Hopefully O'Hara's family is not crassly exploiting love letters for economic gain, particularly if it would have upset O'Hara. However, I just don't know that that is the case,

 

These letters have little to do with a film legacy, just a person's privacy, even if that individual has passed away. However, information of this nature is, obviously, potential gold for biographers.

Link to comment
Share on other sites

Tsk tsk. Just no respect for the red.

 

Eeh...you know me, Tom ol' boy.

 

Anybody's "fair game", and whether they're six feet under or not.  ;)

 

(...I believe that's known as being "irreverent"...stemming from the antithetical thought of one being reverential...and ya GOTTA know by now that when it comes to all that "reverential" stuff, I ain't got much o' that stuff in reserve, doncha?!)

Link to comment
Share on other sites

Eeh...you know me, Tom ol' boy.

 

(...anybody's "fair game", and whether they're six feet under or not) ;)

 

Keeping in mind, of course, how humour about the dead is contingent upon time.

 

"Aside from that, Mrs. Lincoln, how did you enjoy the play?"

 

Funny old joke. Probably not a big laugh getter a week or so after Abe got interrupted while watching his last play. Well, okay, maybe a few in the South would have laughed.

Link to comment
Share on other sites

Keeping in mind, of course, how humour about the dead is contingent upon time.

 

"Aside from that, Mrs. Lincoln, how did you enjoy the play?"

 

Funny old joke. Probably not a big laugh getter a week or so after Abe got interrupted while watching his last play. Well, okay, maybe a few in the South would have laughed.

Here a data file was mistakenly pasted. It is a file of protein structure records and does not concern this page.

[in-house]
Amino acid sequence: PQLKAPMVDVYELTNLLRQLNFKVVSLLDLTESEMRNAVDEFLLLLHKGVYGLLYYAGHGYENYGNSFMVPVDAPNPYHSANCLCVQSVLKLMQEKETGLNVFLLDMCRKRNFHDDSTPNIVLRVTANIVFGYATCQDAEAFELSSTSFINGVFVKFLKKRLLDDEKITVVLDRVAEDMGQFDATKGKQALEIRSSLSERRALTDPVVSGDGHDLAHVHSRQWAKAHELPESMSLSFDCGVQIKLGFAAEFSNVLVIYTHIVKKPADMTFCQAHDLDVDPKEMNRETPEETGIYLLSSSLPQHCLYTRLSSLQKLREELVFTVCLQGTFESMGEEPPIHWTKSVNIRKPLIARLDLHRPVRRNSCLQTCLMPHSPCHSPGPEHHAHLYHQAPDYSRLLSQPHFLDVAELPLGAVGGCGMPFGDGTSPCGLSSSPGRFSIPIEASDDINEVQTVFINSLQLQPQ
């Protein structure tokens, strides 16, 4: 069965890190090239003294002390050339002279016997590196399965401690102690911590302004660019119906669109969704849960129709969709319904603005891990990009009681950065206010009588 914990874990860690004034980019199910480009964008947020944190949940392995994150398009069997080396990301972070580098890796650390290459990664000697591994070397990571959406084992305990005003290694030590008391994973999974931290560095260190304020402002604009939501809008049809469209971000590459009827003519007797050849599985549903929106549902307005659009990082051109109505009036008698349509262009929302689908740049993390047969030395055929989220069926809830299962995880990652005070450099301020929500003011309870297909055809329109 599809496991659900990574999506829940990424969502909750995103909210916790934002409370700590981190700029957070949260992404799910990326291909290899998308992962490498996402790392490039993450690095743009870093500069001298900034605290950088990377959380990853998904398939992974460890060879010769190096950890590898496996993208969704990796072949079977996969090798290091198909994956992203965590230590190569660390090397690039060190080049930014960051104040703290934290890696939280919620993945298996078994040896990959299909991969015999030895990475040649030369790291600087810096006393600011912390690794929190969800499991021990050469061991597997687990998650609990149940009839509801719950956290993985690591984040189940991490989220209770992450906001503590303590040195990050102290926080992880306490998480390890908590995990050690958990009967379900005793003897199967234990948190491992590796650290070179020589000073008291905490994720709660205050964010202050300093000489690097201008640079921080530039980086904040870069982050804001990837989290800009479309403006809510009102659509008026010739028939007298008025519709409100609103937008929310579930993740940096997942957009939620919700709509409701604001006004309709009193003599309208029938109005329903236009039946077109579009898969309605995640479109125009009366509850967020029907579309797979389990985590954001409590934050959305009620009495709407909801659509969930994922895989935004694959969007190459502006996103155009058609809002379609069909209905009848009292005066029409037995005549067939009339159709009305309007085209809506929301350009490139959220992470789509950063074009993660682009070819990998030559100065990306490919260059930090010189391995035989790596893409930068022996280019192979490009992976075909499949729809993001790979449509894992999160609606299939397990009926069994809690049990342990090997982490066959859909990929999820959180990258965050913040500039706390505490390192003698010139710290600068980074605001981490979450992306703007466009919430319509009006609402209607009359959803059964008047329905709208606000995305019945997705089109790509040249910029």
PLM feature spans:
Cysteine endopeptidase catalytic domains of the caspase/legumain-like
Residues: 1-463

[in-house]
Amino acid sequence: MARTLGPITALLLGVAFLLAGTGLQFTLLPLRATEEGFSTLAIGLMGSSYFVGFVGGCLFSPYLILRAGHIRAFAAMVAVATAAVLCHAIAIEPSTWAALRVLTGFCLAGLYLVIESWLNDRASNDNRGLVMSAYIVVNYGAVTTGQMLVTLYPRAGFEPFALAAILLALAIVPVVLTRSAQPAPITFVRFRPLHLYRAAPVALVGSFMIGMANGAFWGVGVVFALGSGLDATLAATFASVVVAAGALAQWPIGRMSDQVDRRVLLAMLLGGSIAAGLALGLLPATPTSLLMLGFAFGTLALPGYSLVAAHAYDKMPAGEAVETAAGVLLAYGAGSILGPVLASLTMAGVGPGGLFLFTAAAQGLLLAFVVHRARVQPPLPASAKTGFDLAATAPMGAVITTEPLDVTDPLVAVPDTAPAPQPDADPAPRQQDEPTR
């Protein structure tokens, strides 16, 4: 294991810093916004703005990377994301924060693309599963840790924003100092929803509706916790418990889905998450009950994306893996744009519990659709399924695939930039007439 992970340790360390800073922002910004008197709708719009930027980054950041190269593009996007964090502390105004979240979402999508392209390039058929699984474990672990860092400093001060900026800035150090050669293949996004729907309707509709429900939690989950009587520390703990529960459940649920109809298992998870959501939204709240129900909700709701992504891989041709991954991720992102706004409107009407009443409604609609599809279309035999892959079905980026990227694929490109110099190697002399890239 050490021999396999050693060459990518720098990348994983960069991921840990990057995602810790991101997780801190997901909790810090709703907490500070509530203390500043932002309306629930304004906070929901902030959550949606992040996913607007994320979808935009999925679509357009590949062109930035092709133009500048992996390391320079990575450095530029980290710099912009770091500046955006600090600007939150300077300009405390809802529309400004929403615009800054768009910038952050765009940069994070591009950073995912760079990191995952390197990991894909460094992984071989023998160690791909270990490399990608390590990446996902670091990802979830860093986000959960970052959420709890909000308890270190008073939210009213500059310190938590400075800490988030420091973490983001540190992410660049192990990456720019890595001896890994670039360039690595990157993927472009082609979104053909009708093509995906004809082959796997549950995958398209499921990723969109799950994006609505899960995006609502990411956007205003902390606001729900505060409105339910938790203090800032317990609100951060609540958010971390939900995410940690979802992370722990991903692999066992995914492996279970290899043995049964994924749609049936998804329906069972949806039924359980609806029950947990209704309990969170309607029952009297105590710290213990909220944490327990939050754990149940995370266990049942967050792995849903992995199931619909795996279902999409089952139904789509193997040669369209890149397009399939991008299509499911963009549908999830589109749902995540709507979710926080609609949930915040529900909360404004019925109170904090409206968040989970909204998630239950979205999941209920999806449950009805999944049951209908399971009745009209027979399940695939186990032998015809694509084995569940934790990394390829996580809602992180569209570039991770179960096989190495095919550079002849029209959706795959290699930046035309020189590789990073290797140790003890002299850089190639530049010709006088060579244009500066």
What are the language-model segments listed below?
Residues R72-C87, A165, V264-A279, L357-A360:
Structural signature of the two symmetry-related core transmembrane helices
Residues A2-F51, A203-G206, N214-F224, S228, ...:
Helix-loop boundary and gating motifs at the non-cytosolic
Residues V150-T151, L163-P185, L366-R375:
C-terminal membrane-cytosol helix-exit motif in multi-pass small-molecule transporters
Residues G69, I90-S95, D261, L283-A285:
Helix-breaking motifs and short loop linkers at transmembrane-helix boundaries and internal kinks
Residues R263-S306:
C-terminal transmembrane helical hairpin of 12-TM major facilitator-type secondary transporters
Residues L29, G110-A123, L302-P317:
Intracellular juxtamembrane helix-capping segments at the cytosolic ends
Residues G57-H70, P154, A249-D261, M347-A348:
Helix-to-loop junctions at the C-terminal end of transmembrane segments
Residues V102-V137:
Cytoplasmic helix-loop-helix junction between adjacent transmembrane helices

Dude! The great and beautiful Irish-American actress in question here died over a year ago now, RIGHT?!

 

So then tell me here...How long's the "waiting period" supposed to be in cases such as this, HUH?

 

You KNOW, as Ricky Nelson once observed(btw, he's dead too, ya know), "You can't please everyone, so ya gotta please yourself", and heck dude, there STILL are people after half a freakin' century who can't find the humo(u)r in that OTHER one about Jackie and Dallas Texas, and REGARDLESS where they might reside in this big ol' beautiful country of ours..err..mine. NOT that YOUR big country up there isn't beautiful TOO of course...but I digress.

 

(...and so, what am I supposed to do here, dude...cater to all those people out there not possessing of at least a modicum amount of an appreciation for the irreverent and/or an appreciative taste toward the absurdities of the human condition?...sorry, kind sir, I think not)

 

;)

Link to comment
Share on other sites

Dude! The great and beautiful Irish-American actress in question here died over a year ago now, RIGHT?!

 

So then tell me here...How long's the "waiting period" supposed to be in cases such as this, HUH?

 

 

Two years, five months and nine days. Well, you asked, didn't ya? ;)

Link to comment
Share on other sites

Two years, five months and nine days. Well, you asked, didn't ya? ;)

 

Excuse me here Tom, but my calculation here of:

 

2016(the present year) minus 2015(the year that beauty died on the October 24th of it) equals one.

 

***edit to follow***